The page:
So when President Wilson asked Congress for the authority to issue Liberty bonds -- the forerunner of modern-day Treasury bonds that were used to finance World War I -- many in Congress rightly wondered where the issuance of such debt could lead the country given the lack of any real budget process to make budgetary decisions. The debt limit was probably a useless tool for forcing budget choices even in those primitive days of developing the nation's fiscal policy. It had only one thing going for it -- a name that was hard to vote against.

But just four years later, President Warren G. Harding signed the Budget and Accounting Act of 1921 and instituted the beginning of modern federal budgeting. The act was largely based on the recommendations of a commission established by President William H. Taft a decade earlier, and did a number of important things.

First, the act established the Bureau of the Budget, which reviewed and could revise the budget requests of all departments and agencies of the federal government. The Bureau was obliged to add all of the spending up into one total and propose changes in revenue to ensure that deficits were kept to a minimum.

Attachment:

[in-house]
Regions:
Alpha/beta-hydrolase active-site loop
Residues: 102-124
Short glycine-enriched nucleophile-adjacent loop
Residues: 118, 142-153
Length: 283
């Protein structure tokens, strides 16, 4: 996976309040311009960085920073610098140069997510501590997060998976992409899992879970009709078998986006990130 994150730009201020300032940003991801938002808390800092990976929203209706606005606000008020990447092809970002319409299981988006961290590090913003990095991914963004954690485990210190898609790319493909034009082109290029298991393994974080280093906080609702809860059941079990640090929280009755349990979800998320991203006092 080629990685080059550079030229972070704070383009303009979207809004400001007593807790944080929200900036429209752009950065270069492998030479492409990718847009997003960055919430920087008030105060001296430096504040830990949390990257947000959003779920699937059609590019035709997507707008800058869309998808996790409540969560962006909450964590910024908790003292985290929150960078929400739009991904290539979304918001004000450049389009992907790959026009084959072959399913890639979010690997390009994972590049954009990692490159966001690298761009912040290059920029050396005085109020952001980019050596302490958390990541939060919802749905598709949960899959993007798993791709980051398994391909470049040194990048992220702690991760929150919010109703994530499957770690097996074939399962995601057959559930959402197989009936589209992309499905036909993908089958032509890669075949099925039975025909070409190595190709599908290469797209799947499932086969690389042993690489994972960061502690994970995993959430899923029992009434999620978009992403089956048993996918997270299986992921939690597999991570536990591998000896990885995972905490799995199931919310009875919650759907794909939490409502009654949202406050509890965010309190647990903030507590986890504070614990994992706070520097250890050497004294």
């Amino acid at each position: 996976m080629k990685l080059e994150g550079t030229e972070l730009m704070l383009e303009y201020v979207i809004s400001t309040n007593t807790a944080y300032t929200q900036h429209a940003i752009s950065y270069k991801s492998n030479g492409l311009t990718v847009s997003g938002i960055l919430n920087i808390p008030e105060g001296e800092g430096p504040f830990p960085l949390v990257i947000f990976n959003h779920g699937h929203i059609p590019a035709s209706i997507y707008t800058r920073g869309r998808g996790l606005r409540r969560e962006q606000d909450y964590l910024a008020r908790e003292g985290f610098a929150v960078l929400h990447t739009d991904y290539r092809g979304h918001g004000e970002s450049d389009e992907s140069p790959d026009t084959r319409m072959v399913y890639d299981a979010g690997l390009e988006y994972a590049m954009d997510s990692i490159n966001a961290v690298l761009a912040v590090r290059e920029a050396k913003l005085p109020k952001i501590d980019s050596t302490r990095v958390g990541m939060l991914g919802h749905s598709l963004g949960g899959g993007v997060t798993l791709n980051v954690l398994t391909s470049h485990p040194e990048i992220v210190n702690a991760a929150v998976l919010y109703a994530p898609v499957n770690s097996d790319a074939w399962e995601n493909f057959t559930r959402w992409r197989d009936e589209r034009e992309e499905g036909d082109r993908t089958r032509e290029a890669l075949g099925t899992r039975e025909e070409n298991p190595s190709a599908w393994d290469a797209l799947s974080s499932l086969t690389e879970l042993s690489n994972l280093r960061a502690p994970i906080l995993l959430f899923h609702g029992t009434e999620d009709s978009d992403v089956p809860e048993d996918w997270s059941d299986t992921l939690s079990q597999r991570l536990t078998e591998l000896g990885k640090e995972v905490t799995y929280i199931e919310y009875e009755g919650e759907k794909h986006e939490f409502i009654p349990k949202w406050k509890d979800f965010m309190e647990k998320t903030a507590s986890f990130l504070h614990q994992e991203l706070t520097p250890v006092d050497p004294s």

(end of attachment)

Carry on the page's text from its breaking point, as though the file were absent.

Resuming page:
Second, the act created the General Accounting Office to have professional auditors go over the agencies' books and examine whether expenditures were made in conformance with the laws under which they were authorized. Congress also reorganized itself so that all spending requests were under the jurisdiction of a single committee.

Finally, the legislation established strict procedures by which any employee of the government could sign a contract obligating the federal government to make any kind of payment. Any employee who did so without appropriated dollars to pay the cost of that contract was guilty of a felony and subject to criminal prosecution.